At the November 2008 webinar on Local Food Systems, over 100 people from universities, federal, and state agencies, community-based organizations and nongovernment organizations, as well as individual farmers, policymakers, and others heard presentations on funding opportunities and successful local food system projects. Janise Zygmont, the Agricultural Marketing Service, outlined some of her agency’s programs that support local food markets. Kansas farmer Diana Endicott described her highly successful Value Chain Business Model, developed with funding from several USDA programs. In addition, NIFA staff gave an overview of research and outreach related to local food systems and described several relevant agency funding opportunities. At least half of the webinar was devoted to lively Q&A sessions among attendees and presenters. Polling questions provided valuable information on publicizing funding opportunities and topics for future webinars.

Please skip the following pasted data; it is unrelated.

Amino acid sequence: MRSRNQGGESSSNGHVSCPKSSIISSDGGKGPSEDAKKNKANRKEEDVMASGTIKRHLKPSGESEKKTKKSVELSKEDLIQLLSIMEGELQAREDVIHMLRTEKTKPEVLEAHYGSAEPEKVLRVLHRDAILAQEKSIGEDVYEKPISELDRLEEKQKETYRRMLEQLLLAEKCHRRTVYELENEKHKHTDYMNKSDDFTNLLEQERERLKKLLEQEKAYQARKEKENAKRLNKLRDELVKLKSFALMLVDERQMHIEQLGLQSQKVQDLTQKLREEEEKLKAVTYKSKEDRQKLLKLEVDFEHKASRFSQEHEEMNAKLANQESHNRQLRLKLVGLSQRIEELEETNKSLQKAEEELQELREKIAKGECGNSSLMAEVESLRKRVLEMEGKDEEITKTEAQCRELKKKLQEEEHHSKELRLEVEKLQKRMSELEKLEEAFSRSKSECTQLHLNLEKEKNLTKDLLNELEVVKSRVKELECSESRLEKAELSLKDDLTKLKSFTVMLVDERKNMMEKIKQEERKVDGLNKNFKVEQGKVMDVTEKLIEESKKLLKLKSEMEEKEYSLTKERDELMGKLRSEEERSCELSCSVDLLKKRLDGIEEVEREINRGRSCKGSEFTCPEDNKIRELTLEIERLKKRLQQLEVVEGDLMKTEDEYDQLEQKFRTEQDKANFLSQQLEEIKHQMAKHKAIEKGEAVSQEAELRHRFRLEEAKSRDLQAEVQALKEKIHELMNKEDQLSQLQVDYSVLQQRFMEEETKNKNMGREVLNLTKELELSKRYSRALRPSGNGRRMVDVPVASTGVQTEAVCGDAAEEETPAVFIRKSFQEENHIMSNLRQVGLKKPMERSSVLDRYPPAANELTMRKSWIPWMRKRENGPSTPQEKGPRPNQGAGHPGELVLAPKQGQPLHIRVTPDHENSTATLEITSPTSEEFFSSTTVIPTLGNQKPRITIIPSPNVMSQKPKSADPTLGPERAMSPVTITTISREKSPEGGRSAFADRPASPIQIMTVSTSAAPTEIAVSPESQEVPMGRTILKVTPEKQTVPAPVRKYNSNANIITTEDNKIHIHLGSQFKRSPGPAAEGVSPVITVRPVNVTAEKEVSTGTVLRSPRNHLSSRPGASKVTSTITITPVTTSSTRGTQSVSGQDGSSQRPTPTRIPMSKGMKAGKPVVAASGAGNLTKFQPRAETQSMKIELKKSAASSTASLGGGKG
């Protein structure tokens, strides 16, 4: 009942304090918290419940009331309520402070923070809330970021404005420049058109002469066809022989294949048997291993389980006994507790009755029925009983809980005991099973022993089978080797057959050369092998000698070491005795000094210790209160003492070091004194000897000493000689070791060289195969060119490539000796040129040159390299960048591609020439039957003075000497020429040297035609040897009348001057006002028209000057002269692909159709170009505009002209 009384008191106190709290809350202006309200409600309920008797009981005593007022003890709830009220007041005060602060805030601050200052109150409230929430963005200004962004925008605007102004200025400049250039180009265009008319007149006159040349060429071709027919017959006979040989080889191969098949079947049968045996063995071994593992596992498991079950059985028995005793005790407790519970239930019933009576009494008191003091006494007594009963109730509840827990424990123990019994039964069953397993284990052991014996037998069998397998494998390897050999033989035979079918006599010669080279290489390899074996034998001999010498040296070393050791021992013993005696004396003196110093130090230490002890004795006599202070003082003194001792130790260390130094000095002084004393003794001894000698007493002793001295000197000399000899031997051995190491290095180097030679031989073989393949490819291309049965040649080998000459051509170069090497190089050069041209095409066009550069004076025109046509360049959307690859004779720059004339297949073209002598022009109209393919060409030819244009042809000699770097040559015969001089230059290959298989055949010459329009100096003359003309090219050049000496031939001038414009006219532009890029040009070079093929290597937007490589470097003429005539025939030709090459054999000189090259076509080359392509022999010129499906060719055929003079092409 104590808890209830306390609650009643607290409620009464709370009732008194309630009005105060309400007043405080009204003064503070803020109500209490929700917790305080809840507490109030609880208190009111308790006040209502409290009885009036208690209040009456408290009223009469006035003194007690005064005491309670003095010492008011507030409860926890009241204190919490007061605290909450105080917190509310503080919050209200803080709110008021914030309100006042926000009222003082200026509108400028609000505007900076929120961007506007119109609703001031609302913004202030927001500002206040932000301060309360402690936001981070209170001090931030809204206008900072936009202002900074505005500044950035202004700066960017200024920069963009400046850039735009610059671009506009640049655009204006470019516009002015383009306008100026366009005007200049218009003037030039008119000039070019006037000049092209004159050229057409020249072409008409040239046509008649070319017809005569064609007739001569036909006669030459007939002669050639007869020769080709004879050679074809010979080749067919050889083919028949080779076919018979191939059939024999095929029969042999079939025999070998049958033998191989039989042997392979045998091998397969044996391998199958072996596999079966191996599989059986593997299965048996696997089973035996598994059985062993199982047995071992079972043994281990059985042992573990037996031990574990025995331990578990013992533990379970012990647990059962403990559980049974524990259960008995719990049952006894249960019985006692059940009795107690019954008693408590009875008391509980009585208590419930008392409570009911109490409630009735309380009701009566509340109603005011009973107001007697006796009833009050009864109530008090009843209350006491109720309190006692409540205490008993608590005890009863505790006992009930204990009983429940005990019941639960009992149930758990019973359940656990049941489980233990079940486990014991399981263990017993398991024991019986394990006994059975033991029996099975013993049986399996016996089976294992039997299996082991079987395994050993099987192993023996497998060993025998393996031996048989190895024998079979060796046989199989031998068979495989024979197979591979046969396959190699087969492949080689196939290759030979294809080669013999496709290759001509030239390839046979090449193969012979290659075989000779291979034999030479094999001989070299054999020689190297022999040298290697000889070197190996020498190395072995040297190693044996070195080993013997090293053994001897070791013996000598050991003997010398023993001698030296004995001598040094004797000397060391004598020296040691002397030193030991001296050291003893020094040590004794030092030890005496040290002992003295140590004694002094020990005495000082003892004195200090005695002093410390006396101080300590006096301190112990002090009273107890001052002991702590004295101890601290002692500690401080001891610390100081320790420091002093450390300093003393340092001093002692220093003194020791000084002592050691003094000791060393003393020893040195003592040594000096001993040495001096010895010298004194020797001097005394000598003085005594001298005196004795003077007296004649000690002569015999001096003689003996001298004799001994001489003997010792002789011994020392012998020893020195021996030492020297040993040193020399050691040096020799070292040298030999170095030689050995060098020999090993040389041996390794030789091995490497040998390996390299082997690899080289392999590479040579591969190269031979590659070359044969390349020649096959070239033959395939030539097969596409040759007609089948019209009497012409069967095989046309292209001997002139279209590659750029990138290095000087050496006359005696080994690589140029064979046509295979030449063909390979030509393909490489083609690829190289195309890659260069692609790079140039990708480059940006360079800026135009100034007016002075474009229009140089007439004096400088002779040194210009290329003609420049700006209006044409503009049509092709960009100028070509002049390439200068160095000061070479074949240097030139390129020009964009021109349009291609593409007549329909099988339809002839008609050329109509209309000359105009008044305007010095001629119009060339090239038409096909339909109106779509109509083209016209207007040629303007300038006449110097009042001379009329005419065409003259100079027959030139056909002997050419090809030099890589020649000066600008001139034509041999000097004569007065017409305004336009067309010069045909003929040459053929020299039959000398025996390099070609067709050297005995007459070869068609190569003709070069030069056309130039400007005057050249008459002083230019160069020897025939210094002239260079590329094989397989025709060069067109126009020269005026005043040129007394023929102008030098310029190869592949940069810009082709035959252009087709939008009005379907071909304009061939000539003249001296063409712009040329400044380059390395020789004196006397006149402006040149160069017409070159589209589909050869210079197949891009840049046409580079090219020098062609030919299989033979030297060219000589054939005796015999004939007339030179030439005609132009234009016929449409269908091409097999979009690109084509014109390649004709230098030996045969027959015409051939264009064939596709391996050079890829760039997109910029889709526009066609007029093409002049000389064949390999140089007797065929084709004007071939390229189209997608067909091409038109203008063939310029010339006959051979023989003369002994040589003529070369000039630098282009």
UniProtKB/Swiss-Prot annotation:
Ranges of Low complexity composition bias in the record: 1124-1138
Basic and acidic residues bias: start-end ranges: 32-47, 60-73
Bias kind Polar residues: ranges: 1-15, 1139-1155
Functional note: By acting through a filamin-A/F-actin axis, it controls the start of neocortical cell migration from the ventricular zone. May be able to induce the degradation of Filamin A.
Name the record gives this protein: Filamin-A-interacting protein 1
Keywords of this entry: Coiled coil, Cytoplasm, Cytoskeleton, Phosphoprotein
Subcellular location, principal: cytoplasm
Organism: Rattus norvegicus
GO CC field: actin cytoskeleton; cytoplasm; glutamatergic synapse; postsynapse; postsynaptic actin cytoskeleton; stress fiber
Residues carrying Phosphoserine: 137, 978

Entrepreneurship and Family Farms
The Update, published in April 2009, describes some recent research and outreach related to farm entrepreneurship, including an article on farm clusters based on a National Research Initiative-funded grant at Pennsylvania State University; a successful Spanish goat enterprise; and articles from other land-grant universities describing their entrepreneurship programs and/or services.